31 Dec 2020 exit from EU VAT regime, Customs Union and Single Market

 

Under the terms of the WA, the UK will have an exit transition period until 31 December 2020. Until this time, the UK will remain within the EU VAT regime, Single Market and Customs Union. 

 

The UK will continue to apply EU law during this period, with a few exceptions, as if it were a Member State. But the UK will have no institutional representation and no role in decision-making. The EU institutions and other bodies, offices and agencies will continue to exercise their powers under EU law in relation to the UK. The CJEU will have jurisdiction in relation to the UK and to the interpretation and application of the Withdrawal Agreement.  

 

The UK will leave the EU VAT regime on 31 December 2020. 

During the transition period, the EU and UK will seek to negotiate a Free Trade Agreement. This will include future tariffs and customs controls on the movements of goods. However, this will not materially affect the post-2020 VAT changes. The UK will become a 'third country' for the purposes of EU VAT.

 

Brexit VAT Changes

 

The major changes for UK and EU businesses upon the UK leaving the VAT regime include:

 

  • The UK will no longer have to assume the EU VAT Directive rules into its own VAT Act. For example, it will no longer have to maintain a minimum VAT rate of 15%. However, since its VAT rate is 20%, and the consumption tax accounts for almost a third of tax revenues, any reduction is highly unlikely.

 

  • The UK will have complete control over its reduced VAT rates, which are currently restricted within the rules of the EU VAT Directive. Although this may be a moot point from 2022 as the EU states have agreed that they will enjoy full rate setting powers.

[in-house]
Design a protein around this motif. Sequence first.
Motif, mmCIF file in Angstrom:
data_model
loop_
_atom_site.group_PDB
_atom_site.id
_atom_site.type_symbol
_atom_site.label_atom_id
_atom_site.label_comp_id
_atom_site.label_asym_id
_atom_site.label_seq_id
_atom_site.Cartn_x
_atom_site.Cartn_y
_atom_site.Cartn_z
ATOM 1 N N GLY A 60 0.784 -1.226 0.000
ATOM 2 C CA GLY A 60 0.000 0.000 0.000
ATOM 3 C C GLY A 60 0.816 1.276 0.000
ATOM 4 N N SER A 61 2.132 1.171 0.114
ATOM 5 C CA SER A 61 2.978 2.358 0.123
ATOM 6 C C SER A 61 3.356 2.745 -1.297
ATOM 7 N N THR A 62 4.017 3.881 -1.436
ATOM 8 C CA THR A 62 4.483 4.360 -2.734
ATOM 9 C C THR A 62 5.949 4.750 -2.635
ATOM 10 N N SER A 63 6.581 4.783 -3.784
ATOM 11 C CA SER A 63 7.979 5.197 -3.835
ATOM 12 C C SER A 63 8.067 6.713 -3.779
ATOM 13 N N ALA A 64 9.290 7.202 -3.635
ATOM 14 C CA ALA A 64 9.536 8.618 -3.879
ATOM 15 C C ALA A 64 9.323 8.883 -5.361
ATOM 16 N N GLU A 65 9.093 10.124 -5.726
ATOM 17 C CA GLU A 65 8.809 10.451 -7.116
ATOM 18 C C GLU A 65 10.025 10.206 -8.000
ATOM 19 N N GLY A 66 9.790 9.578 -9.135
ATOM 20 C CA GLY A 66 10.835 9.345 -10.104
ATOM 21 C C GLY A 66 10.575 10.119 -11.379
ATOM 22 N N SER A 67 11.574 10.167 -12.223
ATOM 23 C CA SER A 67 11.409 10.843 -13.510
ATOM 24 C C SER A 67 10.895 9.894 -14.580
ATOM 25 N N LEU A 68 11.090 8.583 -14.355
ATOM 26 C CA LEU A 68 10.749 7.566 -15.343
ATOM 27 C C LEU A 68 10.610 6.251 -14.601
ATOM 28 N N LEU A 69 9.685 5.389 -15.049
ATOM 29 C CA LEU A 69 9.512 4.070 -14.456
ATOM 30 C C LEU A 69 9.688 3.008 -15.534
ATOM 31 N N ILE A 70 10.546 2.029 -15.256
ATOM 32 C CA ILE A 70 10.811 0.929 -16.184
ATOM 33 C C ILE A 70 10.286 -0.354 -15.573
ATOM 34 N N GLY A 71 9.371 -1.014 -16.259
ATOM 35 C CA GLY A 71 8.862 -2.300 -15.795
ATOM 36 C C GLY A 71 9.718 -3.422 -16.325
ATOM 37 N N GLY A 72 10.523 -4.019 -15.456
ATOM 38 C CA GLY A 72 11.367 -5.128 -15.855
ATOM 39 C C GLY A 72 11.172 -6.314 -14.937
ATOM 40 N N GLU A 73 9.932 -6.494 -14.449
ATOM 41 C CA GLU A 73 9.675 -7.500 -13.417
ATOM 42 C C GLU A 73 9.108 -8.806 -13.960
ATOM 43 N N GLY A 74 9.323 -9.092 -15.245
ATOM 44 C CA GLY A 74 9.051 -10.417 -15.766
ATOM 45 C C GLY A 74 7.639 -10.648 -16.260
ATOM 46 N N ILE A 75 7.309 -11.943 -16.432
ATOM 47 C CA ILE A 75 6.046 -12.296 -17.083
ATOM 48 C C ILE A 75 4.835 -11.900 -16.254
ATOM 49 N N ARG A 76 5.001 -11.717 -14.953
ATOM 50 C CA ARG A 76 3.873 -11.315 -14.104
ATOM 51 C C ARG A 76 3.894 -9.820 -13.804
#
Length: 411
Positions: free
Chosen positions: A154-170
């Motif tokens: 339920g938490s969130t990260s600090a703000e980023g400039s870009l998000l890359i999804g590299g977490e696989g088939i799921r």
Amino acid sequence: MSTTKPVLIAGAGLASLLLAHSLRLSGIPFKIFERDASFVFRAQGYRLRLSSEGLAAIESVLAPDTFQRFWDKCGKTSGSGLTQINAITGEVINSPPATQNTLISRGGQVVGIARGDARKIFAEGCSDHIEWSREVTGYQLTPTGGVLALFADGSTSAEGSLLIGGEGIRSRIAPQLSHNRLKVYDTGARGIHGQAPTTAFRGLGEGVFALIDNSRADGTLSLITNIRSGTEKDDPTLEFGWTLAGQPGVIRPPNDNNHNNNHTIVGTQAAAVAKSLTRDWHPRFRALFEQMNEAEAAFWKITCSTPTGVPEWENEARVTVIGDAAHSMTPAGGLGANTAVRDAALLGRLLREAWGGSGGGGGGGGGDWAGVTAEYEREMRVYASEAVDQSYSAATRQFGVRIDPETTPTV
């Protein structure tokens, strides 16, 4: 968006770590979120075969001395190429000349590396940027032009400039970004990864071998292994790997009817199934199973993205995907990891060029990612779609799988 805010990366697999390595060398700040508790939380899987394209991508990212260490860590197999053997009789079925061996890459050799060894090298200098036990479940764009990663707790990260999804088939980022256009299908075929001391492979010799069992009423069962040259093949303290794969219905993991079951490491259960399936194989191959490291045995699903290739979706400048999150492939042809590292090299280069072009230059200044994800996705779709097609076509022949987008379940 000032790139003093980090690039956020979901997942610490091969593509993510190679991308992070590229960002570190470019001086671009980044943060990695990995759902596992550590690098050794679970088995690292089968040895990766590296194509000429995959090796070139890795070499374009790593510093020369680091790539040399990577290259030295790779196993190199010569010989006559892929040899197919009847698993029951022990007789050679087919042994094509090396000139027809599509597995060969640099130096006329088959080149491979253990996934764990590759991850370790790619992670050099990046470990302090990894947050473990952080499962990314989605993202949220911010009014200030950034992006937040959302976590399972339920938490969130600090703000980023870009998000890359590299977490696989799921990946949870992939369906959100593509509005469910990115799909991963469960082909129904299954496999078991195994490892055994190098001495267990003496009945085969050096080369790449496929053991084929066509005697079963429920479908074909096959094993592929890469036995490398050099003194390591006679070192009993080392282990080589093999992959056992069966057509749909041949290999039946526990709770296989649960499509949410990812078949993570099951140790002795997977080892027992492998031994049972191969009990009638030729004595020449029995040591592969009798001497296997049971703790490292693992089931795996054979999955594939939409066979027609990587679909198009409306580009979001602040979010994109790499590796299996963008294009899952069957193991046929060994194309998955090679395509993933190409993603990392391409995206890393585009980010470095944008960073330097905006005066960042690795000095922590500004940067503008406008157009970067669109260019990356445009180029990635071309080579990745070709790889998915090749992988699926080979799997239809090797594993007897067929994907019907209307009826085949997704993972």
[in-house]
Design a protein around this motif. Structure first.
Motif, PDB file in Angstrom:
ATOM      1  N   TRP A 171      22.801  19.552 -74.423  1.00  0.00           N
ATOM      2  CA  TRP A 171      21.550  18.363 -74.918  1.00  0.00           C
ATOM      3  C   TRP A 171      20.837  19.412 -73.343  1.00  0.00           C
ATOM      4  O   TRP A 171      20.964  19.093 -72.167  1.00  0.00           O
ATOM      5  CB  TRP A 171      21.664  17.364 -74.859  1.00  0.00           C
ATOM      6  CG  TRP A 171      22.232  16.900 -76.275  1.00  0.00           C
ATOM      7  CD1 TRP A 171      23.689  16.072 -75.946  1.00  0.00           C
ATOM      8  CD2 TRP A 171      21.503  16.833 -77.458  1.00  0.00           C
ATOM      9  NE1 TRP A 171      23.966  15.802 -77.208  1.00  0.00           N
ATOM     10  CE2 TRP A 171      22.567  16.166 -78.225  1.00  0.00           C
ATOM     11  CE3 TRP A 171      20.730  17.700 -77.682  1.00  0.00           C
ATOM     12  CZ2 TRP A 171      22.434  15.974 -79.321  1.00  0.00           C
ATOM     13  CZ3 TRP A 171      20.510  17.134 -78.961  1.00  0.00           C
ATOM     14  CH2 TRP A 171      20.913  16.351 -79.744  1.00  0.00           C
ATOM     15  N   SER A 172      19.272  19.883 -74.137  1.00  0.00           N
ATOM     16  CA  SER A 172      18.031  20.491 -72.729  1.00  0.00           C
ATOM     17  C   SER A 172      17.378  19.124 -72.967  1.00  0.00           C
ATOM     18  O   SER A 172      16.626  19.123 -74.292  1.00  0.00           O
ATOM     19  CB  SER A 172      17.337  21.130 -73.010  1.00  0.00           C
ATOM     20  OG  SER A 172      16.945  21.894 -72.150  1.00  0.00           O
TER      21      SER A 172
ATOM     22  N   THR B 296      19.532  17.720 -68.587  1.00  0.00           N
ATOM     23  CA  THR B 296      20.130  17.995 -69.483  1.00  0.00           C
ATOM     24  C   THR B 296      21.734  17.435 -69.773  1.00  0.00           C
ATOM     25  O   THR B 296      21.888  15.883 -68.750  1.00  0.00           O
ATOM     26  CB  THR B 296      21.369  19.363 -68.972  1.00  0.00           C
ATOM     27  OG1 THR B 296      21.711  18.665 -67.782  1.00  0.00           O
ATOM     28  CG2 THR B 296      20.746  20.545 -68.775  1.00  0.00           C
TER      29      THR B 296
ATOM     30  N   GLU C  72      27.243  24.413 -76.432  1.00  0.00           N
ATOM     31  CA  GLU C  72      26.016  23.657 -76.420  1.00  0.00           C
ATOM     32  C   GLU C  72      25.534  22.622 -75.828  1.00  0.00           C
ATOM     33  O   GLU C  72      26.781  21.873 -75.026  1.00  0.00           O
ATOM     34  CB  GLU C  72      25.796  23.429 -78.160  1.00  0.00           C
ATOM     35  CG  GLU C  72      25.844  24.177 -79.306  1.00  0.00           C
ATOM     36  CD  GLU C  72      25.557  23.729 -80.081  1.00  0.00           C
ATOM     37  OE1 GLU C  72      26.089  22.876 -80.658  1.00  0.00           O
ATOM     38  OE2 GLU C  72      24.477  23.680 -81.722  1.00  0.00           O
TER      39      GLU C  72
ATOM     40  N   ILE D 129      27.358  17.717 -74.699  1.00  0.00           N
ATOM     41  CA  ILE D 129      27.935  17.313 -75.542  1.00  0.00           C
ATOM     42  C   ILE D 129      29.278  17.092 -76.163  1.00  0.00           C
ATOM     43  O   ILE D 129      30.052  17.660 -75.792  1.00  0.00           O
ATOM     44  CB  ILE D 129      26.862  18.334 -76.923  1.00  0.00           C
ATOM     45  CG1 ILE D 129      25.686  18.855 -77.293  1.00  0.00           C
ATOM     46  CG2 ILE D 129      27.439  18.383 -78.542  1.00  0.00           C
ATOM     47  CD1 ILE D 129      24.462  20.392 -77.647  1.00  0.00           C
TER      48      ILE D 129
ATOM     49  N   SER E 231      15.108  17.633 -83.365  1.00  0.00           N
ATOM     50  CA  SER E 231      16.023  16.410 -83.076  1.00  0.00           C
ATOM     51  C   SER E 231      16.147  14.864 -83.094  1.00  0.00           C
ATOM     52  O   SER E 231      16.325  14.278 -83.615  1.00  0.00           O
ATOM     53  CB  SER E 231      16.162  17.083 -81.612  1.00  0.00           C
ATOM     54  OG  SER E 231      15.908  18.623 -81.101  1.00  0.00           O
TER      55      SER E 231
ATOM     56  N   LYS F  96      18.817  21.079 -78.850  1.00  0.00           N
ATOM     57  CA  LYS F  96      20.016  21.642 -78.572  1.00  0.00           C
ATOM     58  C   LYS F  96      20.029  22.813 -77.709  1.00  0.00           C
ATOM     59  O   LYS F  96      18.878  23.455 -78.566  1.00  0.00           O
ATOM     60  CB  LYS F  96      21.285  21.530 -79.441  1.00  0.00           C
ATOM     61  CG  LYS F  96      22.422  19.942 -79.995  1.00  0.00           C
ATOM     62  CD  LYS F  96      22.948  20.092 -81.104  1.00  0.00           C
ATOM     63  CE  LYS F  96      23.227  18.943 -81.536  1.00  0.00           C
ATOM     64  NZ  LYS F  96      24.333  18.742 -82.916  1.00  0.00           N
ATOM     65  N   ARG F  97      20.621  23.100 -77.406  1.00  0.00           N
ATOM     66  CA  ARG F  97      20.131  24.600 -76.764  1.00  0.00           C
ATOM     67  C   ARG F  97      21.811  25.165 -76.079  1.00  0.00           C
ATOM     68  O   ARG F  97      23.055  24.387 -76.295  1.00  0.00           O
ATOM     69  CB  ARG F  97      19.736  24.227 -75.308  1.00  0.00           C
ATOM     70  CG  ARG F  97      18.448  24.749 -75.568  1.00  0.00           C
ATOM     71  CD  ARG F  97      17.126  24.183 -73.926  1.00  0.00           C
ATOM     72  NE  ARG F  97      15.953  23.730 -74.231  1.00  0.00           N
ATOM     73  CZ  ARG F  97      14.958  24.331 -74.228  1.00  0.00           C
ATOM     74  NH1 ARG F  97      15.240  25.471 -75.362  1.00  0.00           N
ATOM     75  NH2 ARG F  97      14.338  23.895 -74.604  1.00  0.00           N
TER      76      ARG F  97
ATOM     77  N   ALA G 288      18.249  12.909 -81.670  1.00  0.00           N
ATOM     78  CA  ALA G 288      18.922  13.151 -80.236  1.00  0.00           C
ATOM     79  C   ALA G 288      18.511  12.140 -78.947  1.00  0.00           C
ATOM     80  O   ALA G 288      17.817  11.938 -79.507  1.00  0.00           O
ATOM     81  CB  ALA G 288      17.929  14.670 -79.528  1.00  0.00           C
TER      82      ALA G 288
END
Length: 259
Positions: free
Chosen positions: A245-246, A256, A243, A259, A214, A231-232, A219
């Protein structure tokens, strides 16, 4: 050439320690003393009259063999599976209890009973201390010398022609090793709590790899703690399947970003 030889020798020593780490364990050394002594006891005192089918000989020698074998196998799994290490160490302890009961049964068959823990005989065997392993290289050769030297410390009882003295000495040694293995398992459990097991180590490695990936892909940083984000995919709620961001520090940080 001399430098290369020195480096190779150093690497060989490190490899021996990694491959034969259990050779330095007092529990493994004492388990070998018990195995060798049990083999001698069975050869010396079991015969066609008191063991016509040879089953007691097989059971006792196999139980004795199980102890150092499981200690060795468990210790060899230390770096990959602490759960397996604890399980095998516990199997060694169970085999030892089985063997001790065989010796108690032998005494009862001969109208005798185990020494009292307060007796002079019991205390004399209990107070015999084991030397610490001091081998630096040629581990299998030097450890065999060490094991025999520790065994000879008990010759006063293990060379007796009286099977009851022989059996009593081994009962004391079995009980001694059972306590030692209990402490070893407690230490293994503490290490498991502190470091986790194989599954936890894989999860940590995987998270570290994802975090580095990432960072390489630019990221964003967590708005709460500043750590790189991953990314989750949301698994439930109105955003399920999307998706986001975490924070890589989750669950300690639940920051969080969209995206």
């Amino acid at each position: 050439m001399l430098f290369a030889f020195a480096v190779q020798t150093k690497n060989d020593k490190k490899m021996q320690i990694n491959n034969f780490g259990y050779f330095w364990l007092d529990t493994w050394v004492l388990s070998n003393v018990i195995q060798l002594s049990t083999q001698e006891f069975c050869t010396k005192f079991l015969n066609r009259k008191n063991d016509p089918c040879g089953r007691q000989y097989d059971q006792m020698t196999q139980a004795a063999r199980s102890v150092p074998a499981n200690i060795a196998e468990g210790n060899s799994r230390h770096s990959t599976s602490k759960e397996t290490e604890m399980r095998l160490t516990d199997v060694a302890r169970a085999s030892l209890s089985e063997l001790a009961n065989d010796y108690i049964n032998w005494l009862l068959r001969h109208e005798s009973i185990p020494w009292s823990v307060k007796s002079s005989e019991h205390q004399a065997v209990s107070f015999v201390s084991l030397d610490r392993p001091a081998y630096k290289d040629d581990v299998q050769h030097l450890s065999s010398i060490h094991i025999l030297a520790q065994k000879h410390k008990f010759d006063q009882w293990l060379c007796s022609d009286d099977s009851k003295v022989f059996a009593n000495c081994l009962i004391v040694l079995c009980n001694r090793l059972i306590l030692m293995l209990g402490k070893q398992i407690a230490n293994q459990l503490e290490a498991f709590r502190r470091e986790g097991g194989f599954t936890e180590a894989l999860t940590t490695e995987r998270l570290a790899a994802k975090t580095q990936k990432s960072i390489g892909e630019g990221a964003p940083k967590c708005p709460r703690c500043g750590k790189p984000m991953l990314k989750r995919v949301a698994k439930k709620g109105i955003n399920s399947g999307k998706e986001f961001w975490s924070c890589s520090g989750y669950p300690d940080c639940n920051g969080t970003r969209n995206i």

• The ending of zero-rated B2B intra-community supplies; all movements will become imports or exports, subject to UK or EU import VAT.

 

  • By way of compensation, the UK will introduce a Postponed Accounting import VAT deferral scheme so no cash VAT payment has to be made by business importers to UK customs. However, many EU countries do not offer the same scheme for UK businesses importing their goods.

 

  • Any UK business with a foreign VAT registration in the EU may now face the obligation to appoint a special VAT fiscal representative. This applies in 19 of the 27 EU states. These agents hold direct liablity for any unpaid VAT, and therefore require cash deposits or bank guarantees in exchange.

 

  • The scrapping of the UK £15 low-value consignment stock relief which exempts imports of goods from VAT. Instead, for goods at £135 or below, sellers or their postal service will have to declare and pay to HMRC via a new, quarterly filing, VAT charged at the point-of-sale.

 

  • There will be limited changes on the VAT on services for B2B transactions after the UK leaves the EU VAT regime. The reverse charge will still apply. in the future, the UK may deviate from some of the use and enjoyment rules.

 

  • UK businesses incurring EU VAT on travel, hotel or other expenses will no longer be able to use the 8thDirective online VAT reclaim system operated via HMRC. Instead, they will use the 13th Directive paper-based reclaim process. This requires individual claims to each country where there is a VAT claim. Last UK claims via the 8th Directive will be for the final quarter of 2020.

 

Northern Ireland Brexit VAT regime will take-up a special dual position.

  • As part of the WA, Northern Ireland (NI) will enter into a special VAT and customs relationship with the EU. Whilst NI will remain within the UK VAT area, it will track EU rules, including zero-rating for VAT on intra-community supplies across the Irish border. EU VAT on imports into Ireland via Northern Ireland will be collected by the UK authorities.

 

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